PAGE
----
[Beowulf] quick and dirty method for starting job on another node?

Jakob Oestergaard jakob at unthought.net
Tue May 10 07:51:15 PDT 2005

On Tue, May 03, 2005 at 03:19:23PM -0400, Robert G. Brown wrote:
> > 
> > The SSH scheme I had tried, but I am also looking for other "clever" ideas, 
> > potentially with a smaller footprint. (Tiny, feeble, diskless nodes)


> You could probably write a task spawning xinetd daemon in a few hours
> that would do it if you didn't care at all about security.

And if you really really want to re-write what already exists  :)

> inetd's just
> process stdin and stdout -- one can be a simple loop script.  Connect,
> tell it what to run, have it fork the task in the background and die.


> Any good systems person would shoot you, of course, for putting any such
> thing on an open network.

rsh  :)

> Doing a real forking daemon that could also run optionally as an inetd,
> using my nice template for a forking/inetd, would take about half a
> day's work and might be a bit more robust or the ability to handle at
> least some error conditions. That would let you trade off running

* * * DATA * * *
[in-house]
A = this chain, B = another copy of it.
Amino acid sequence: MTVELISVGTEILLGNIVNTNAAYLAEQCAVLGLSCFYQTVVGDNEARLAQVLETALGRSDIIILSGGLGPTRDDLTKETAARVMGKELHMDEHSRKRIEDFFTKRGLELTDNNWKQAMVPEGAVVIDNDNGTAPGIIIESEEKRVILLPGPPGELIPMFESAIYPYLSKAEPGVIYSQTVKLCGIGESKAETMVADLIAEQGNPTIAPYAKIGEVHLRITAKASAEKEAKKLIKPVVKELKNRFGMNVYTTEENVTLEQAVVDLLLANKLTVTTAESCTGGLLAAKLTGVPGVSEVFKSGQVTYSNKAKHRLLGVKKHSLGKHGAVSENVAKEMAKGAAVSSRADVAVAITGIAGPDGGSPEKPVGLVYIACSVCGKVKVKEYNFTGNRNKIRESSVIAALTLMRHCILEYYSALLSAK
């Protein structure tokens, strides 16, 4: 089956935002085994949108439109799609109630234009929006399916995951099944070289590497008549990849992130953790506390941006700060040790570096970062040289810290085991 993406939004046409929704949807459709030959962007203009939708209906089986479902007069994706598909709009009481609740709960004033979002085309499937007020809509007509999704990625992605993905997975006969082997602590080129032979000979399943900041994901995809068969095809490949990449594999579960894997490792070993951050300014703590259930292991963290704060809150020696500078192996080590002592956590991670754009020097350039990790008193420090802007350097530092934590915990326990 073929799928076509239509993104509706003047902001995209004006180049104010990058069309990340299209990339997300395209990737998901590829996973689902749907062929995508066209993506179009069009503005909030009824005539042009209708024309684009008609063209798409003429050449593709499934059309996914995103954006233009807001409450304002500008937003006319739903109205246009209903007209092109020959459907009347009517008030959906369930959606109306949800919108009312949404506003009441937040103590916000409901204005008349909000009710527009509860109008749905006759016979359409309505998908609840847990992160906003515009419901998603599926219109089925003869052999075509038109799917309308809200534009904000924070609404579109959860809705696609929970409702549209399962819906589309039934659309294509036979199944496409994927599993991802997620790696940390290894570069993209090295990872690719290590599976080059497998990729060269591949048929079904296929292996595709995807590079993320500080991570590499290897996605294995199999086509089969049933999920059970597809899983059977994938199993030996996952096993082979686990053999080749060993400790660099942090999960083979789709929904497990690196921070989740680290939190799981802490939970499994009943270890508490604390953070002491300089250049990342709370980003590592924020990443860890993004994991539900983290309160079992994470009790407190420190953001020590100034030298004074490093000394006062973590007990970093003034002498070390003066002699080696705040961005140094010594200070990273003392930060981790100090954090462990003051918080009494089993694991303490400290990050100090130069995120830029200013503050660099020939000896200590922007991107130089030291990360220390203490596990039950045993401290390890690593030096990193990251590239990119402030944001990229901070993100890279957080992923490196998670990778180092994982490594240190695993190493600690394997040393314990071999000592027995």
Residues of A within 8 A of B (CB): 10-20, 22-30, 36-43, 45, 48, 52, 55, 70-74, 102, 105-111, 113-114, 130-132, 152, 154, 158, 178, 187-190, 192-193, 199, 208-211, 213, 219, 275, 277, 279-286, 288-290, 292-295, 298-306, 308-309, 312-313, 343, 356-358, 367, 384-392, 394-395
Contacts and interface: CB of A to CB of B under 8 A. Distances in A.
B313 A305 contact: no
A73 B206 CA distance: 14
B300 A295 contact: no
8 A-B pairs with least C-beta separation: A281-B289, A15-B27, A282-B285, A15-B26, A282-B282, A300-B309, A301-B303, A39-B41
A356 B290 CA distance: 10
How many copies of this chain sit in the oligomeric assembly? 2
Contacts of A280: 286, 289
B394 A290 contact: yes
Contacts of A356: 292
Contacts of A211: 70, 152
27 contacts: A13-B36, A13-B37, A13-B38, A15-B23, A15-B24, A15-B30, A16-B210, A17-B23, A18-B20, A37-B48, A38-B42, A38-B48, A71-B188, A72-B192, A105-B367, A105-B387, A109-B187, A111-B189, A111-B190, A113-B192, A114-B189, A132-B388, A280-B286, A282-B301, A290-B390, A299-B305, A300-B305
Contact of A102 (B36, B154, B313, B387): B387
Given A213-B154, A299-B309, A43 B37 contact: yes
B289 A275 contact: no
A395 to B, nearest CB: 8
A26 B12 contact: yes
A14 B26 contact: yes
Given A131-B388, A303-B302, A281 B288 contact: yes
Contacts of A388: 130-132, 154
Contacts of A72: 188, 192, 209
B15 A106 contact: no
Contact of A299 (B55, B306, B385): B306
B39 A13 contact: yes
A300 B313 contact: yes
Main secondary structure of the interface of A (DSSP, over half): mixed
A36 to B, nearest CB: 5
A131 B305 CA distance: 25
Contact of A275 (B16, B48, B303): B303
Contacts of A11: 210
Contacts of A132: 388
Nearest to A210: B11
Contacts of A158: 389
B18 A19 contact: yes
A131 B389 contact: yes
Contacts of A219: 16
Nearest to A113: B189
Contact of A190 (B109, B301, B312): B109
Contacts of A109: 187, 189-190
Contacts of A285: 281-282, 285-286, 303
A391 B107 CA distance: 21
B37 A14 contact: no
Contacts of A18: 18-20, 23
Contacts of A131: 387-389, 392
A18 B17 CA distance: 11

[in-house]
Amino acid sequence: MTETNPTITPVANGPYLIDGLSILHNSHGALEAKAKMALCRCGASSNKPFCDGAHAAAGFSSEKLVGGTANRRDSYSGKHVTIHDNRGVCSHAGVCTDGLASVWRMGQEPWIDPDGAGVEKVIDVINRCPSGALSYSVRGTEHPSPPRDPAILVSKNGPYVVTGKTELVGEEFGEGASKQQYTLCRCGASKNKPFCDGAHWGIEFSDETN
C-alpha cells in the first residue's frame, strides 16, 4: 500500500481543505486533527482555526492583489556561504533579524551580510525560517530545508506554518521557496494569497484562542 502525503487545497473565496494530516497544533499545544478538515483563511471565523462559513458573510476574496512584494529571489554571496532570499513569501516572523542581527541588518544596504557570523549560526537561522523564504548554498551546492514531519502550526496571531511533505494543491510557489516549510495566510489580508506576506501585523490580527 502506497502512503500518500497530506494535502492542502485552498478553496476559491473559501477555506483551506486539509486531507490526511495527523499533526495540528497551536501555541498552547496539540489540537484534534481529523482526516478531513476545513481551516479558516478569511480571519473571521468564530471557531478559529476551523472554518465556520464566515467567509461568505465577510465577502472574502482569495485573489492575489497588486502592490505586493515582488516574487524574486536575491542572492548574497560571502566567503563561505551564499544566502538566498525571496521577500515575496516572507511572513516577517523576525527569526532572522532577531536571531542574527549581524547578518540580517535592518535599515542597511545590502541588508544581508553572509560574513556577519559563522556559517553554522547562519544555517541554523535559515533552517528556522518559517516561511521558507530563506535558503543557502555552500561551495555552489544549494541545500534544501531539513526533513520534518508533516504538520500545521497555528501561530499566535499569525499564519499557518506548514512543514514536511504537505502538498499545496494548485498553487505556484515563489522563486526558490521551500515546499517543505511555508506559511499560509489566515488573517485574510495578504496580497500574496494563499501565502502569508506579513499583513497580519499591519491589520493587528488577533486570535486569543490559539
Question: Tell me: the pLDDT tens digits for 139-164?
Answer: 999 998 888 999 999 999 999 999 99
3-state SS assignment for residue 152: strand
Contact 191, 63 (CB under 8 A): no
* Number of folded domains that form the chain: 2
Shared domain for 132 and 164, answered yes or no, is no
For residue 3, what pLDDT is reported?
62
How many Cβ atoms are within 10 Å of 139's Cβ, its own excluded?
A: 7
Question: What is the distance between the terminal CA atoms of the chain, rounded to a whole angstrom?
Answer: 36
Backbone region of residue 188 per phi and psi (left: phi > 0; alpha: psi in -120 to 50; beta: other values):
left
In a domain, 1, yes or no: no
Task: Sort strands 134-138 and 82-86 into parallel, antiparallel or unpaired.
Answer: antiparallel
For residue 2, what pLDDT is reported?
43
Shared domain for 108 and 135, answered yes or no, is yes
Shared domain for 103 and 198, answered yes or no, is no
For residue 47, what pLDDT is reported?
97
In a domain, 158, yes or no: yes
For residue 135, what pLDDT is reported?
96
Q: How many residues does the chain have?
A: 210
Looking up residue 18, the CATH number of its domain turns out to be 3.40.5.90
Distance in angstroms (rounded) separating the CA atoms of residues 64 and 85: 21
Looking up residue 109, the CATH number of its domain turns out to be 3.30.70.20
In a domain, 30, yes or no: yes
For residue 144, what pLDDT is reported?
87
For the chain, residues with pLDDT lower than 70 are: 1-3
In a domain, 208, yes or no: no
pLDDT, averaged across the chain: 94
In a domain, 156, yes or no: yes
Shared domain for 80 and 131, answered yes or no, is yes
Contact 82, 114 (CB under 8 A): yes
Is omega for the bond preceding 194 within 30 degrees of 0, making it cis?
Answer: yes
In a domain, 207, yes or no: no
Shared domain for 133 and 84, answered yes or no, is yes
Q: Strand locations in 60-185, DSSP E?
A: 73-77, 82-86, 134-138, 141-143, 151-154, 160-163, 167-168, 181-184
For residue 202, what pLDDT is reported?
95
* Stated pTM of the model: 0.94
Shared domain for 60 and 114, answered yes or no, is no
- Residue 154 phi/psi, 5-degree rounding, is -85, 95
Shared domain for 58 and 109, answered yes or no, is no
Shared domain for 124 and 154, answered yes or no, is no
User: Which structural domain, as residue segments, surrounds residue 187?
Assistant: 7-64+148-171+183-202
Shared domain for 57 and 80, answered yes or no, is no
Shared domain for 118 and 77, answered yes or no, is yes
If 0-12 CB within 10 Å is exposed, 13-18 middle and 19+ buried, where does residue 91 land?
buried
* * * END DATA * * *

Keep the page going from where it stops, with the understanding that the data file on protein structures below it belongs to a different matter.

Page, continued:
> xinetd at all vs running a static-compiled forking daemon.

apt-get install rsh-client rsh-server

> Let me know if you want example code 

apt-get source rsh

> -- the "xmlbenchd" project I'm
> working on is frozen with little more than the generic daemon finished;
> I haven't done the script version but I've seen inetd examples that
> aren't more than a dozen lines or so of code.  To be robust probably
> would take more effort, but not THAT much more effort.  Even taskmaster
> could probably be hacked to do it... and give you the ability to do more
> complex things as well, at the expense of loading up perl.  I think that
> you can write a inetd daemon in plain old bash, though.

Guys - rsh is bad for security and silly in many ways, but re-inventing
it is, well, worse.


 / jakob

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